Newsletter February 2017: Working With The Weather

    Hello from Alden Hills, I hope you are having a good start to 2017! Usually the month of January at Alden Hills is spent reading books on anything farm/business related and just maintaining the daily chores that need to be done. This January, however, has remained busy for us as we have had a few “unexpected” surprises. Namely, that we had a new calf born last week (which, if you’re thinking that doesn’t seem like a good time of year for a calf to be born you would be correct). The new calf is a spunky little female calf that was up and going immediately after being born. Thankfully, despite the frigid weather she’s been a trooper and is doing great.

      Because we feed only grass (or hay in winter) at Alden Hills, we are very dependent on weather and need to work with the different seasons as much as possible. This means that we try to calve in early June instead of earlier in the spring like a lot of farms. Calving in June guarantees that the weather will be warm, the ground will be dry, and the grass will be green so the mother will have plenty of forage available to meet her nutritional requirements. June is a little later than the traditional “spring calves” but mud can be the largest detriment to a newborn calf on pasture so we play it safe with an early summer time frame.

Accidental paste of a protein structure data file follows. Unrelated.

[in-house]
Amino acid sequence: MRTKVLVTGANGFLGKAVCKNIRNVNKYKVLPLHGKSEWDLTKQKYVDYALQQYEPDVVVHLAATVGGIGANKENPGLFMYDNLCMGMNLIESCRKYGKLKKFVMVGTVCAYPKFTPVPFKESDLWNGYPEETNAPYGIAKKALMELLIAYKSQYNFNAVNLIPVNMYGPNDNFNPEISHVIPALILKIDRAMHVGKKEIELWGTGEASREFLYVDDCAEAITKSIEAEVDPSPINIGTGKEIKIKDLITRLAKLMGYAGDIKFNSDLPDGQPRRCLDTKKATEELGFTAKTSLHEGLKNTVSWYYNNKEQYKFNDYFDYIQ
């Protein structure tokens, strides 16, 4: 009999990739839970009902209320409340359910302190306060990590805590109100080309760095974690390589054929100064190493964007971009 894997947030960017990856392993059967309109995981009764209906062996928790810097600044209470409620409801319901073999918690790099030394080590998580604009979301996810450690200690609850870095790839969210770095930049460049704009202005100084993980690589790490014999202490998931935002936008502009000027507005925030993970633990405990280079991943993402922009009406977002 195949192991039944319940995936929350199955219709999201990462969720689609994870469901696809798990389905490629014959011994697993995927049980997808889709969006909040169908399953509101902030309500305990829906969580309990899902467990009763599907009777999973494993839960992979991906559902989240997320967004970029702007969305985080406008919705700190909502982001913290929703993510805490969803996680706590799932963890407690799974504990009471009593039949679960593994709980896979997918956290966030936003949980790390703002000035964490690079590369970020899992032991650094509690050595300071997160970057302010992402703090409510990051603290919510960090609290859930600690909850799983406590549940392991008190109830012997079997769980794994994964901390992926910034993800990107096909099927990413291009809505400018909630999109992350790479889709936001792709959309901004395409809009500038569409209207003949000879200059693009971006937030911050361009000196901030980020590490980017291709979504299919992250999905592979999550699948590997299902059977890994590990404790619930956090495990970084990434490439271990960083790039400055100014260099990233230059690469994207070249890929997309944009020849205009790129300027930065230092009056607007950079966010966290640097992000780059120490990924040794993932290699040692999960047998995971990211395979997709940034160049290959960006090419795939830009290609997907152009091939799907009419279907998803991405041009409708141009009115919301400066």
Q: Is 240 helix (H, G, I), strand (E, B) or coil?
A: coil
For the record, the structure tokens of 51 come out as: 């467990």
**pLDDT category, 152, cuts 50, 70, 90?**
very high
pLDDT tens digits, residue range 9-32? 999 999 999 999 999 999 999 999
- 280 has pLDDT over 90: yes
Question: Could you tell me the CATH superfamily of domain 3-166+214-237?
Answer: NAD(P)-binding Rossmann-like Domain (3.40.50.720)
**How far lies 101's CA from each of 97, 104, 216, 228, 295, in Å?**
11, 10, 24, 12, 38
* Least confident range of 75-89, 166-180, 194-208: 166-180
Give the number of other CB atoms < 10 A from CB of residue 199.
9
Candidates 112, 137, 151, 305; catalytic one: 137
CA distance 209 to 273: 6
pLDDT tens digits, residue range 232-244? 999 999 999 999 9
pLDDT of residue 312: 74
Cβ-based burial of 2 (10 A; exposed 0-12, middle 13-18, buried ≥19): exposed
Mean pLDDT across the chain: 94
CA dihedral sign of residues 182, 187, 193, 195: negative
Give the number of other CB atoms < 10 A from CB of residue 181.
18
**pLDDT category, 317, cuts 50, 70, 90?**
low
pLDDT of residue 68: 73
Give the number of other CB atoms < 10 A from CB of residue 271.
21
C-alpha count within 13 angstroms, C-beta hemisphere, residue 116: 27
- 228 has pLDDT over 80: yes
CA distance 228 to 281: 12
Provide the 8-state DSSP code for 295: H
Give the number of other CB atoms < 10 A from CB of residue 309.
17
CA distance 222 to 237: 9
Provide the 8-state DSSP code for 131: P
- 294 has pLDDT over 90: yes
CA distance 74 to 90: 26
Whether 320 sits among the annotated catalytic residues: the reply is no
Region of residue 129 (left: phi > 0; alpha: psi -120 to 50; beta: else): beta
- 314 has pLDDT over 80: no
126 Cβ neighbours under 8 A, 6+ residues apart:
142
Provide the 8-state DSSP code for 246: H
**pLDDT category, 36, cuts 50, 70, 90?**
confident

Calving in June means that we need to breed in August. An important tenet of caring for our herd is ensuring that the cows have time to revitalize and be ready to breed again. Two months is a good time period as it allows each cow the reward of non-stressful weather conditions and peak pastures.

    Grass-fed farming can be a lot more work; tweaking our farm schedules to align with nature is very unpredictable and can be frustrating, but we think the reward is worth it. Healthy pastures supporting healthy cows with healthy calves is our goal! 

Levi Powers